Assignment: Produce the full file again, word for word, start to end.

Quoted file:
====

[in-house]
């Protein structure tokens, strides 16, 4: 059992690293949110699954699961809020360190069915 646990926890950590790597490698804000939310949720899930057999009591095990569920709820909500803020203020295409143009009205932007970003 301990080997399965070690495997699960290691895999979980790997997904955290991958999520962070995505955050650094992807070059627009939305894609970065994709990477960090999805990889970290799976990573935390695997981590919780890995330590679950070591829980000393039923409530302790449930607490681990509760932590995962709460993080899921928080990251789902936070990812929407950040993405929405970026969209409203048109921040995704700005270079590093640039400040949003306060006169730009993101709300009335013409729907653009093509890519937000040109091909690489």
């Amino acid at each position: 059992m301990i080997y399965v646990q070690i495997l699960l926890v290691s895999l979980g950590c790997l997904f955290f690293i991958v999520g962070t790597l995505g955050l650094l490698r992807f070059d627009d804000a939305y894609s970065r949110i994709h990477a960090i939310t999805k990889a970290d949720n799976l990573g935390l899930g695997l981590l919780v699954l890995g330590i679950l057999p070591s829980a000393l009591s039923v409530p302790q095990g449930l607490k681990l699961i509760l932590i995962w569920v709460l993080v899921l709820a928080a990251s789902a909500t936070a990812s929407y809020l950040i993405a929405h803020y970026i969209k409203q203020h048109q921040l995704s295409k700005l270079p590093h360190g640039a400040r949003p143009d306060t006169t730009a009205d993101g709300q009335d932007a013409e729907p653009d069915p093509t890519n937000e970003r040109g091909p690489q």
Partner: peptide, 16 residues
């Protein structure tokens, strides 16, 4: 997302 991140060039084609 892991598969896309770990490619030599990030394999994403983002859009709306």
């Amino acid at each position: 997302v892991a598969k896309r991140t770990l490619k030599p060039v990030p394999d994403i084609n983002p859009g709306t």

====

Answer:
[in-house]
């Protein structure tokens, strides 16, 4: 059992690293949110699954699961809020360190069915 646990926890950590790597490698804000939310949720899930057999009591095990569920709820909500803020203020295409143009009205932007970003 301990080997399965070690495997699960290691895999979980790997997904955290991958999520962070995505955050650094992807070059627009939305894609970065994709990477960090999805990889970290799976990573935390695997981590919780890995330590679950070591829980000393039923409530302790449930607490681990509760932590995962709460993080899921928080990251789902936070990812929407950040993405929405970026969209409203048109921040995704700005270079590093640039400040949003306060006169730009993101709300009335013409729907653009093509890519937000040109091909690489």
């Amino acid at each position: 059992m301990i080997y399965v646990q070690i495997l699960l926890v290691s895999l979980g950590c790997l997904f955290f690293i991958v999520g962070t790597l995505g955050l650094l490698r992807f070059d627009d804000a939305y894609s970065r949110i994709h990477a960090i939310t999805k990889a970290d949720n799976l990573g935390l899930g695997l981590l919780v699954l890995g330590i679950l057999p070591s829980a000393l009591s039923v409530p302790q095990g449930l607490k681990l699961i509760l932590i995962w569920v709460l993080v899921l709820a928080a990251s789902a909500t936070a990812s929407y809020l950040i993405a929405h803020y970026i969209k409203q203020h048109q921040l995704s295409k700005l270079p590093h360190g640039a400040r949003p143009d306060t006169t730009a009205d993101g709300q009335d932007a013409e729907p653009d069915p093509t890519n937000e970003r040109g091909p690489q």
Partner: peptide, 16 residues
């Protein structure tokens, strides 16, 4: 997302 991140060039084609 892991598969896309770990490619030599990030394999994403983002859009709306």
């Amino acid at each position: 997302v892991a598969k896309r991140t770990l490619k030599p060039v990030p394999d994403i084609n983002p859009g709306t």